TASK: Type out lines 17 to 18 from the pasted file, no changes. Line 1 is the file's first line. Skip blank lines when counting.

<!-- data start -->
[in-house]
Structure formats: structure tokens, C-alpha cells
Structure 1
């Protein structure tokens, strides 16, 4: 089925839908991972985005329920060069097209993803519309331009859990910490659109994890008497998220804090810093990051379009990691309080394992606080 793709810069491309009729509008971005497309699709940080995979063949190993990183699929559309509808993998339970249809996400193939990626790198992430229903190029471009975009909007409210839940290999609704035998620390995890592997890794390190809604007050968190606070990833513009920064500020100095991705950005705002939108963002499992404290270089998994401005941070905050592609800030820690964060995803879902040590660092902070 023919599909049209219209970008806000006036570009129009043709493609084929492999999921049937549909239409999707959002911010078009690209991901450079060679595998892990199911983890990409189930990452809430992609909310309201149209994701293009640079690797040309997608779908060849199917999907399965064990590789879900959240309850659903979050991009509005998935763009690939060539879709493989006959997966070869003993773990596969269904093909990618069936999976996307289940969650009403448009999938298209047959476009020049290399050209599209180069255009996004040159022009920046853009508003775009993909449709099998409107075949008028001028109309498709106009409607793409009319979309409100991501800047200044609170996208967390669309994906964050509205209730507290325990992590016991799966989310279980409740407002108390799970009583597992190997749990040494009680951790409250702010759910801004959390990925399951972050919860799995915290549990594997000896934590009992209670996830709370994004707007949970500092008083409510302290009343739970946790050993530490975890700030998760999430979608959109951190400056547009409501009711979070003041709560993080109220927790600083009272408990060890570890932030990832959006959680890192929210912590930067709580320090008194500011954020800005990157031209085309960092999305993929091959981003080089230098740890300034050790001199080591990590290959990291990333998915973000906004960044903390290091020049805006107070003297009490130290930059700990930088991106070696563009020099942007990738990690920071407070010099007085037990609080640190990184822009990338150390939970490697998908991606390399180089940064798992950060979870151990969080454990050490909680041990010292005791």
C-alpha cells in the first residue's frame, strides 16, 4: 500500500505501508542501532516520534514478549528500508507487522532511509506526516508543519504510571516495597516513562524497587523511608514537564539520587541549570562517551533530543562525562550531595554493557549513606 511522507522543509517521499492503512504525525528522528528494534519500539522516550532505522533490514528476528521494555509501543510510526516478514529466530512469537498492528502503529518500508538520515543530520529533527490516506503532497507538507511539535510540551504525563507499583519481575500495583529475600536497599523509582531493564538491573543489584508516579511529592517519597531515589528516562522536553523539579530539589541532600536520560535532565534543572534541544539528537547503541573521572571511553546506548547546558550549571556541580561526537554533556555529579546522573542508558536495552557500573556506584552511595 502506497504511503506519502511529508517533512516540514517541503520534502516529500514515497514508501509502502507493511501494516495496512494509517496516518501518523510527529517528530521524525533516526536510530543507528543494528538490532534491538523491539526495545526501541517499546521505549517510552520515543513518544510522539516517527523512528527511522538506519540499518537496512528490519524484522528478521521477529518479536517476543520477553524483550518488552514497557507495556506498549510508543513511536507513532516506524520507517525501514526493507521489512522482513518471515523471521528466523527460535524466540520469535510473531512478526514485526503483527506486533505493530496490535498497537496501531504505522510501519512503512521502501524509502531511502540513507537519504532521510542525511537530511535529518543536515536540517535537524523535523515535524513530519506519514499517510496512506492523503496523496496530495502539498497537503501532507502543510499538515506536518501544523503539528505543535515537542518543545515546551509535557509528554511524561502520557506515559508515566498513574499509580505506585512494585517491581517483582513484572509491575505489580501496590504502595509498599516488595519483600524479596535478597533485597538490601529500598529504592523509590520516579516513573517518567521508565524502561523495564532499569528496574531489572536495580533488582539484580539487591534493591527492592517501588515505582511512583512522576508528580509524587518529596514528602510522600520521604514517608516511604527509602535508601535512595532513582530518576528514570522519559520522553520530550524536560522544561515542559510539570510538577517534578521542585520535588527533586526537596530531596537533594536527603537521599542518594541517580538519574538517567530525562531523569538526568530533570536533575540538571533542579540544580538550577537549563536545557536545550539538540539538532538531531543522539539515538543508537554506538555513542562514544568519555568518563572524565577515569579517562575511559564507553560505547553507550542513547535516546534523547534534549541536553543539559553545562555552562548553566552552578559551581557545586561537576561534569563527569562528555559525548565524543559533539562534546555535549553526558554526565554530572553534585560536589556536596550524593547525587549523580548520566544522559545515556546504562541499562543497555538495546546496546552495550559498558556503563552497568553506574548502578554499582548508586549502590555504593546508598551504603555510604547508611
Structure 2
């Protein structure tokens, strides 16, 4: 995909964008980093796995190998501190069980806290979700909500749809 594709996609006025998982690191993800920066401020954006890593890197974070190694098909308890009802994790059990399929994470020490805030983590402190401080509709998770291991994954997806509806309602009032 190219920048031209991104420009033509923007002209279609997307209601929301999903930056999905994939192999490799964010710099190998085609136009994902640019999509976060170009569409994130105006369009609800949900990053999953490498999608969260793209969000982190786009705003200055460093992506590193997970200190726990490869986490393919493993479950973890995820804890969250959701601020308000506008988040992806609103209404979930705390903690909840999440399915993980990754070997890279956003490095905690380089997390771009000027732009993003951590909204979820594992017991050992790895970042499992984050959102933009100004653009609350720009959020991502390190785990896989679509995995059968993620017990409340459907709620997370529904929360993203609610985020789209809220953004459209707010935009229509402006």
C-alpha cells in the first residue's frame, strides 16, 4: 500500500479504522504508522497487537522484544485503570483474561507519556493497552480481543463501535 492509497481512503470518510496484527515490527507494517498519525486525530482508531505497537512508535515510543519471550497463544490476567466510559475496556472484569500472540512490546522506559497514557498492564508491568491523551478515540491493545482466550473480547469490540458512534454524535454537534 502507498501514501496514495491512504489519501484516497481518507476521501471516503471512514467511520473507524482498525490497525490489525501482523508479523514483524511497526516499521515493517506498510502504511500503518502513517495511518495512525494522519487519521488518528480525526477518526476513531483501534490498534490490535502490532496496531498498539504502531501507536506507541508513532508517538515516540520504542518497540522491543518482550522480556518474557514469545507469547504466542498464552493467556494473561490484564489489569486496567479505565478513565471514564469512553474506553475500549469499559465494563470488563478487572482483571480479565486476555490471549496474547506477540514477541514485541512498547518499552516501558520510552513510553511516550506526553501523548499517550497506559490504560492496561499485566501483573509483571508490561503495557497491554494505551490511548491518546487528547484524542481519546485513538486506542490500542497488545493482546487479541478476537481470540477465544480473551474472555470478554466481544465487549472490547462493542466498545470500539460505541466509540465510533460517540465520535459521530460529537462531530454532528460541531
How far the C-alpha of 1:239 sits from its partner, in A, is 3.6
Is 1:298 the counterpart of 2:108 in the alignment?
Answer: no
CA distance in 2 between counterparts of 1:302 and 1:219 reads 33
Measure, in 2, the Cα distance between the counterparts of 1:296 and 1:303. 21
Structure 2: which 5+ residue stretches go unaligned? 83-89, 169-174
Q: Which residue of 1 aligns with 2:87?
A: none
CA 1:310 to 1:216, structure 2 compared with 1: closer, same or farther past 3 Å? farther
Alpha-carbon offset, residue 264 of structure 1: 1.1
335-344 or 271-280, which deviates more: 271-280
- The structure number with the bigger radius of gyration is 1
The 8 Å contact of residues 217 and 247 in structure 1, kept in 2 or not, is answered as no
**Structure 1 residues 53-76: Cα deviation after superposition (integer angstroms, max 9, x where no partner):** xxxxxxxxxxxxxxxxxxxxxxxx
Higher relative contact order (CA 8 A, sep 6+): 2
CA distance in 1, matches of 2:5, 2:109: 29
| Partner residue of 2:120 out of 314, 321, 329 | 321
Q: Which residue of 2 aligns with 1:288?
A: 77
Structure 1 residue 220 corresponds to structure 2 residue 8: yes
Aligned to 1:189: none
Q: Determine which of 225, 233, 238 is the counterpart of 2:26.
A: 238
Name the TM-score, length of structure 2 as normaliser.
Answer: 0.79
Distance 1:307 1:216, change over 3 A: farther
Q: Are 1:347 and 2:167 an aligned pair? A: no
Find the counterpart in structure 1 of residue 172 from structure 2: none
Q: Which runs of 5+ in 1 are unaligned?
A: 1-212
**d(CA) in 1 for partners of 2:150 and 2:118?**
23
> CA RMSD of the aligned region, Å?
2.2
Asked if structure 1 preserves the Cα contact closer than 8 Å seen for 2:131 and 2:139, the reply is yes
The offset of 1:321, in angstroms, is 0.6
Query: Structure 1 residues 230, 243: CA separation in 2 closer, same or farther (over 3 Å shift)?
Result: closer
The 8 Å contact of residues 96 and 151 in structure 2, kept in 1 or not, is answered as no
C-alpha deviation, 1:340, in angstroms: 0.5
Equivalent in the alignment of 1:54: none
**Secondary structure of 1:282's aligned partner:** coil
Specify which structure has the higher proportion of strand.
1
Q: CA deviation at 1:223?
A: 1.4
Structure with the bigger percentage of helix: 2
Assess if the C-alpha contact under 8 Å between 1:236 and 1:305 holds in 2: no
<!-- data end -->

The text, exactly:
CA 1:310 to 1:216, structure 2 compared with 1: closer, same or farther past 3 Å? farther
Alpha-carbon offset, residue 264 of structure 1: 1.1